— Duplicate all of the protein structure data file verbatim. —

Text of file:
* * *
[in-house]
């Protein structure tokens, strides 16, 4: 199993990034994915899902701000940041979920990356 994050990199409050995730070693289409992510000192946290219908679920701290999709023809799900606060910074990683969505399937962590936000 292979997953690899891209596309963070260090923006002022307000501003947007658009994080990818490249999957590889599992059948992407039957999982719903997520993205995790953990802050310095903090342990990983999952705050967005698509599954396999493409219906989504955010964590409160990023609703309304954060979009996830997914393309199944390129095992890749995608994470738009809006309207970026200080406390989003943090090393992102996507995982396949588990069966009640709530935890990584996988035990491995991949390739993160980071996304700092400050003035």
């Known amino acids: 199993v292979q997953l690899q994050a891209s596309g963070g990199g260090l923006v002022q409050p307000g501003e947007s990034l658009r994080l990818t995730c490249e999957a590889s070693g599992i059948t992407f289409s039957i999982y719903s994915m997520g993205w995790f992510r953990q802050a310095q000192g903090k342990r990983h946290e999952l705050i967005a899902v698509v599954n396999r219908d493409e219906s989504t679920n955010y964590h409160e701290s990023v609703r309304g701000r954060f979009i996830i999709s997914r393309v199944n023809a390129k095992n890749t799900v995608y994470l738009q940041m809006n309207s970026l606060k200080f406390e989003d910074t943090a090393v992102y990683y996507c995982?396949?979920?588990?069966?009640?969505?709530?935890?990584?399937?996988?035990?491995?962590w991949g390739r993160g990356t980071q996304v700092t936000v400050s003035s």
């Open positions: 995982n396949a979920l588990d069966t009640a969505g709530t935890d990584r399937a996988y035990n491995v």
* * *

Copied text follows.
[in-house]
């Protein structure tokens, strides 16, 4: 199993990034994915899902701000940041979920990356 994050990199409050995730070693289409992510000192946290219908679920701290999709023809799900606060910074990683969505399937962590936000 292979997953690899891209596309963070260090923006002022307000501003947007658009994080990818490249999957590889599992059948992407039957999982719903997520993205995790953990802050310095903090342990990983999952705050967005698509599954396999493409219906989504955010964590409160990023609703309304954060979009996830997914393309199944390129095992890749995608994470738009809006309207970026200080406390989003943090090393992102996507995982396949588990069966009640709530935890990584996988035990491995991949390739993160980071996304700092400050003035």
């Known amino acids: 199993v292979q997953l690899q994050a891209s596309g963070g990199g260090l923006v002022q409050p307000g501003e947007s990034l658009r994080l990818t995730c490249e999957a590889s070693g599992i059948t992407f289409s039957i999982y719903s994915m997520g993205w995790f992510r953990q802050a310095q000192g903090k342990r990983h946290e999952l705050i967005a899902v698509v599954n396999r219908d493409e219906s989504t679920n955010y964590h409160e701290s990023v609703r309304g701000r954060f979009i996830i999709s997914r393309v199944n023809a390129k095992n890749t799900v995608y994470l738009q940041m809006n309207s970026l606060k200080f406390e989003d910074t943090a090393v992102y990683y996507c995982?396949?979920?588990?069966?009640?969505?709530?935890?990584?399937?996988?035990?491995?962590w991949g390739r993160g990356t980071q996304v700092t936000v400050s003035s």
């Open positions: 995982n396949a979920l588990d069966t009640a969505g709530t935890d990584r399937a996988y035990n491995v």